To be effective, political art must be able to rise above curatorial gobbledygook. This was barely achieved in ‘Barbed Floss’, curated by Veeranganakumari Solanki. Including sculpture, installation, works on paper and a video, the show positioned the work of five contemporary artists against the modern history of their country, Bangladesh.
In 1947, after partitioning from India, Bangladesh and Pakistan were known as East Pakistan and West Pakistan but jointly governed as one state. In 1971, after fighting a War of Independence, East Pakistan became Bangladesh. While the Pakistani army killed a million Bangladeshis, ten million sought refuge in India. Immigration debates about new arrivals were recently reignited by India’s attempts to complete the barbed-wire fence across the 3,800-kilometre border it shares with Bangladesh. According to the show’s companion text, which takes the fence as its point of departure, the art in the exhibition pays ‘homage to the resonating hollow cry beyond politics, beyond countries […] across borders and over wires […] to floss homes, families, oceans, fields, land and skies’. Elsewhere: ‘The word “floss” behaves as a thorough cleanser with a fine thread, which removes, cleanses and free blockages.’ Together, ‘barbed’ and ‘floss’ refer to the cathartic effect of the exhibited work’s critique of partition and war as they relate to Bangladesh.
The installation Twin (all works 2013) by Promotesh Das Pulak consists of a transparent incubator containing life-size figures of two infants whose chests throb visibly to a soundtrack of heartbeats. Fake flowers resembling thermocol in colour and texture, but made of the spongy shola plant, decorate the figures. Yet the floral symbolism and relevance of material remain unclear. Though ostensibly an elegy to kinship, the work is also bafflingly devoid of perceptible links to the historical partition. Even more abstruse were Mahbubur’s Rahman’s rigid but lacy sculptures: made of surgical stainless steel scissors, Pocket, for example, was hard to accept as a metaphor for ‘the dissection and pressures of the spirit of (Bangladeshi) freedom’.
By contrast, Anisuzzaman Sohel’s white drawings on black paper more obviously the theme. Leap Across Time-1 depicts a screaming head, a rape and a battle scene colliding on a dark substrate. As the images do not site the violence in Bangladesh, nor date it, and the artist includes his own likeness in the work – despite being born two years after the 1971 war – it was not convincingly related to the theme. The biggest disappointment was From 1.7 million mi2 To 55,598 mi2 by Tayeba Begum Lipi, one of Bangladesh’s most prominent artists. The work comprises four circular steel panels whose reflective surfaces are etched with maps of the partitioned countries. Each panel’s frame embedded with shaving razors is suggestive of clichés about borders cutting to the quick.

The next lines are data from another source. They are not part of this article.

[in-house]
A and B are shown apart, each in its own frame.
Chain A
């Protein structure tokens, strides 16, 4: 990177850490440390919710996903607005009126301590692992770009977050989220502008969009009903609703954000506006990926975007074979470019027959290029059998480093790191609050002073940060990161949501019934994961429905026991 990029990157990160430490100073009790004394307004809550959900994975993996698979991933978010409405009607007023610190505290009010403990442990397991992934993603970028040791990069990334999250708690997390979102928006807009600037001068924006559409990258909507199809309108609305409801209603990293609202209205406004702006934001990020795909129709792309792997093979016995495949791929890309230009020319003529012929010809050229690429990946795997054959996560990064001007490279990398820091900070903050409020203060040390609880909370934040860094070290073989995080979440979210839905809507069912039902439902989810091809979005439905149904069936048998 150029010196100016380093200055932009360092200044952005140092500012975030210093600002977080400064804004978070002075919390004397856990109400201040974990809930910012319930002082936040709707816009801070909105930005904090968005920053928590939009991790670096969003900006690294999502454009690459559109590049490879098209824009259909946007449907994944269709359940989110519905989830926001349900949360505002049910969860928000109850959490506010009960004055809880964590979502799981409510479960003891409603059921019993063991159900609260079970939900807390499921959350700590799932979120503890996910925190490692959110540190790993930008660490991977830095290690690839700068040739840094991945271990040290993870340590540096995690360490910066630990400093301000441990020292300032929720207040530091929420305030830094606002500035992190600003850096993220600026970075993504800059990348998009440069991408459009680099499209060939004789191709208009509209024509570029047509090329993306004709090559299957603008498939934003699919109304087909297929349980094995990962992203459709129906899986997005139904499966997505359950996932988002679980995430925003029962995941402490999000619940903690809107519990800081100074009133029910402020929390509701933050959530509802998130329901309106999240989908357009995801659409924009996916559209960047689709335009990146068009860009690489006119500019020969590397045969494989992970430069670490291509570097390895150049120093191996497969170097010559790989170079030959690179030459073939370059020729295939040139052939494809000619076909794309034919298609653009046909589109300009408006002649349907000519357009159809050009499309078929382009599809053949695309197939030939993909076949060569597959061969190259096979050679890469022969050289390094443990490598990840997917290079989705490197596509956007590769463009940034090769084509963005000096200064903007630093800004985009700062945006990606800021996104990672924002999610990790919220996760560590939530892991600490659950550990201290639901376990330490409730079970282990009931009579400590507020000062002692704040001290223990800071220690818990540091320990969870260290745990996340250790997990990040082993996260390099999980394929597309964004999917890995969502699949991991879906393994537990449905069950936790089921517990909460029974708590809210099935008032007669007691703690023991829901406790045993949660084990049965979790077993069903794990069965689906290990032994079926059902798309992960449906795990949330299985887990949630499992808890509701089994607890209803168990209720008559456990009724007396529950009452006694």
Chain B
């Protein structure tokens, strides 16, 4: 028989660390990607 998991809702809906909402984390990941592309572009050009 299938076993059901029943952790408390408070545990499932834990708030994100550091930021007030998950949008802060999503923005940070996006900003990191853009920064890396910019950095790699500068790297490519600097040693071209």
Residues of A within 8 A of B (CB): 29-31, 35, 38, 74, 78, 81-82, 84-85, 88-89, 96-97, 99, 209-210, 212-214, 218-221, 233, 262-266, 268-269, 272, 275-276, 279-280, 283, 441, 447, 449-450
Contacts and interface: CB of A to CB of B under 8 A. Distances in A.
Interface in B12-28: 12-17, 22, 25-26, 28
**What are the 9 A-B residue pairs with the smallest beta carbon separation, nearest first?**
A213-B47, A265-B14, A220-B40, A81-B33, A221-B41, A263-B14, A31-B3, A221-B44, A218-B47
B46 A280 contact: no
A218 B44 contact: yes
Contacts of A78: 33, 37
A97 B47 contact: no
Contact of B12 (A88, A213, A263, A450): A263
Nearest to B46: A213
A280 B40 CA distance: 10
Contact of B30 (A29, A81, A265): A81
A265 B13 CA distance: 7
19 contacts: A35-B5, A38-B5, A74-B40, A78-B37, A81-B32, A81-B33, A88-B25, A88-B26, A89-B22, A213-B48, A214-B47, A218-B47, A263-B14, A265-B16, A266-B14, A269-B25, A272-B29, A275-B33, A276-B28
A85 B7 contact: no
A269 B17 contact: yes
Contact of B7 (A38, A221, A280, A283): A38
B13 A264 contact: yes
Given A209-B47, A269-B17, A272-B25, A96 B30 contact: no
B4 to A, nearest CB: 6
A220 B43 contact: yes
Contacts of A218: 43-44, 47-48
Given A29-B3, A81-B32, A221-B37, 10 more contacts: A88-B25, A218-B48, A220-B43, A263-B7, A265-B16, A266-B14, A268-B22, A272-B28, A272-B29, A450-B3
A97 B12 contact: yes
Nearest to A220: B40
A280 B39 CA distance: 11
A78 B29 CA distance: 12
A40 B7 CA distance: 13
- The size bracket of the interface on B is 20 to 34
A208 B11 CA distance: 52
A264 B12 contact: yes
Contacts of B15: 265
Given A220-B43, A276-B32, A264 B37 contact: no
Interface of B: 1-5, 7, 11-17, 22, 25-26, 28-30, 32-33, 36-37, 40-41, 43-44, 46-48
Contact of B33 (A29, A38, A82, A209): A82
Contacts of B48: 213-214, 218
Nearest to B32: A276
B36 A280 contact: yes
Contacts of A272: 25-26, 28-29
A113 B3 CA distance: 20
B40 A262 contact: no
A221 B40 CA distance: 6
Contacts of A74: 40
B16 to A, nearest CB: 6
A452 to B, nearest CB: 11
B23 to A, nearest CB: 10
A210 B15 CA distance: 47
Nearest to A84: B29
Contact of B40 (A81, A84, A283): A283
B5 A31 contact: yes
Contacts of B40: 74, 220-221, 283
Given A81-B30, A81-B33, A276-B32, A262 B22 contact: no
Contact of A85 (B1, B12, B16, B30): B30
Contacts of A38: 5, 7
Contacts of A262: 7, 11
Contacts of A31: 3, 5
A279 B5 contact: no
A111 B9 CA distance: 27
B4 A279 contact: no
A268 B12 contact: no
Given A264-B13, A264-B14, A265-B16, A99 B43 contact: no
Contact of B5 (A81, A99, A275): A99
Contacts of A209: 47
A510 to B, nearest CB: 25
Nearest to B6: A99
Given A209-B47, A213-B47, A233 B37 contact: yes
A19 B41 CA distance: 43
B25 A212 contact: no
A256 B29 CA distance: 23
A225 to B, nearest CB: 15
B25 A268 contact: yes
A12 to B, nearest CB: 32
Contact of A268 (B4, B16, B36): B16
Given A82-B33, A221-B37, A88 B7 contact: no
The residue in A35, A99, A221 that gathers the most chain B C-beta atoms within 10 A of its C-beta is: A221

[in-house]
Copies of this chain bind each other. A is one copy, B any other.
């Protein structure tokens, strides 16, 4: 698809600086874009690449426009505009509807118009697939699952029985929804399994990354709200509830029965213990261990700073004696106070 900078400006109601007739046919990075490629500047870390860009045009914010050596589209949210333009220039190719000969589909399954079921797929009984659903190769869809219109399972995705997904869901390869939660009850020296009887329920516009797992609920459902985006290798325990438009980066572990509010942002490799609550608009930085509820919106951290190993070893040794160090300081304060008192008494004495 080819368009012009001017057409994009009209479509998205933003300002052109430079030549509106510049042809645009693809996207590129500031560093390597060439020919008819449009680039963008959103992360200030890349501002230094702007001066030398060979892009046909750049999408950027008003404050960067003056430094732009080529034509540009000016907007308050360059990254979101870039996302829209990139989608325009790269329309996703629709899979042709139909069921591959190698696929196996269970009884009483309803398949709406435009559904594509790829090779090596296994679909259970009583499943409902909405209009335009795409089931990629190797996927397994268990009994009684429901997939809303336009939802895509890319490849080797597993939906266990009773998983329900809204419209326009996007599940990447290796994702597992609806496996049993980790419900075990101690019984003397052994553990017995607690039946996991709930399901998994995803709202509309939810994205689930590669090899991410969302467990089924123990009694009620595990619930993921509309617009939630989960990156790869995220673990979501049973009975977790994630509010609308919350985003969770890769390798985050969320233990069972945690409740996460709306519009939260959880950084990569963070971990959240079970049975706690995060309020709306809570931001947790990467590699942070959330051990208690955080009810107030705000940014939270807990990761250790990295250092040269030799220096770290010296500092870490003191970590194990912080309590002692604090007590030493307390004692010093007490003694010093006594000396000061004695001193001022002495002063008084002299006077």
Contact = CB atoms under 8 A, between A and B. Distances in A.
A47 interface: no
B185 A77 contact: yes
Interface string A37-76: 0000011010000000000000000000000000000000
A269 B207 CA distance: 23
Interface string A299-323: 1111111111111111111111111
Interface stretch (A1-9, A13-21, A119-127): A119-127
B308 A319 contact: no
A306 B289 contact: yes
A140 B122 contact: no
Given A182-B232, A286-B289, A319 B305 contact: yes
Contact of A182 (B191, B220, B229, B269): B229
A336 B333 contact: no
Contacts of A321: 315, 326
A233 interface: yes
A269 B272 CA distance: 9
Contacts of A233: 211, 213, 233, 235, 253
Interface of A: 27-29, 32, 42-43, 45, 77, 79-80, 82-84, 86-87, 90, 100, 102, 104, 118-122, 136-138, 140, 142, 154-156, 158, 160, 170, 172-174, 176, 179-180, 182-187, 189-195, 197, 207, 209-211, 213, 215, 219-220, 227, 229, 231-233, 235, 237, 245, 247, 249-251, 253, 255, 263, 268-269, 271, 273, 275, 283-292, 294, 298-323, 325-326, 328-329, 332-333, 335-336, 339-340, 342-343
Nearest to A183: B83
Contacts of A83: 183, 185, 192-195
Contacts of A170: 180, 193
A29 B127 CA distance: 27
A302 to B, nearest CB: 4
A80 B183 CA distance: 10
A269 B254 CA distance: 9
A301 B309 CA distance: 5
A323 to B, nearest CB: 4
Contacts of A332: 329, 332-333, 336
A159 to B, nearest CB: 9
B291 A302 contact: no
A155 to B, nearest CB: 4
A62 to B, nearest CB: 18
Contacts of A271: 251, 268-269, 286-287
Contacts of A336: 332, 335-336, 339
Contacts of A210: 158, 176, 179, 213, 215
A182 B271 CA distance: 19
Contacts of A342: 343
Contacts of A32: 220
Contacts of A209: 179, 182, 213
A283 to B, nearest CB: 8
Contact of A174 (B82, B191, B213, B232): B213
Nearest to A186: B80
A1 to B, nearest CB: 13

Molla Sagar’s Borders, the Name of Politics was the most astute work in ‘Barbed Floss’ and is unequivocally about Bangladesh. Shot in a brothel near the bustling Port of Mongla in the south-west of the country, the eight-minute video features two blind singers performing a Bichchhedi Gaan, or a ‘Song of Estrangement’, about yearning for Bangladesh while in exile. The song belongs to a set of semi-autobiographical ‘Songs of Estrangement’ written by the revered Bangladeshi composer, Bijoy Sarkar. After the 1947 partition, Sarkar remained in East Pakistan during the 1971 war, but left for India in 1974 when the country’s secular leader, Sheikh Mujib, unexpectedly embraced a conservative Islamic politics. Sarkar never saw his homeland again. ‘It may be that I will never return’ – the emotion of Sarkar’s refrain is echoed by the blind singers’ expressions and vocalization. A brief dialogue before the song prepares us for the film’s narrative punch. When asked where she considers home, a time-worn prostitute, her eyes moist, answers, ‘Back there in India, in Jatunagar, now Bangladesh’. Sarkar’s lament echoes the predicament of many contemporary Bangladeshis. Sadly, the film lacks the testimonies that might explain why Mongla port was the chosen backdrop.
Aside from Sagar’s, most of the work in ‘Barbed Floss’ avoids specific reference to Bangladesh. In turn, the show suffered from its lack of real engagement with the curatorial premise of political critique as a way to achieve some kind of catharsis. So, while it constituted an admirable attempt to humanize discussions about immigration from Bangladesh, the biggest letdown of ‘Barbed Floss’ was how little historical understanding it offered.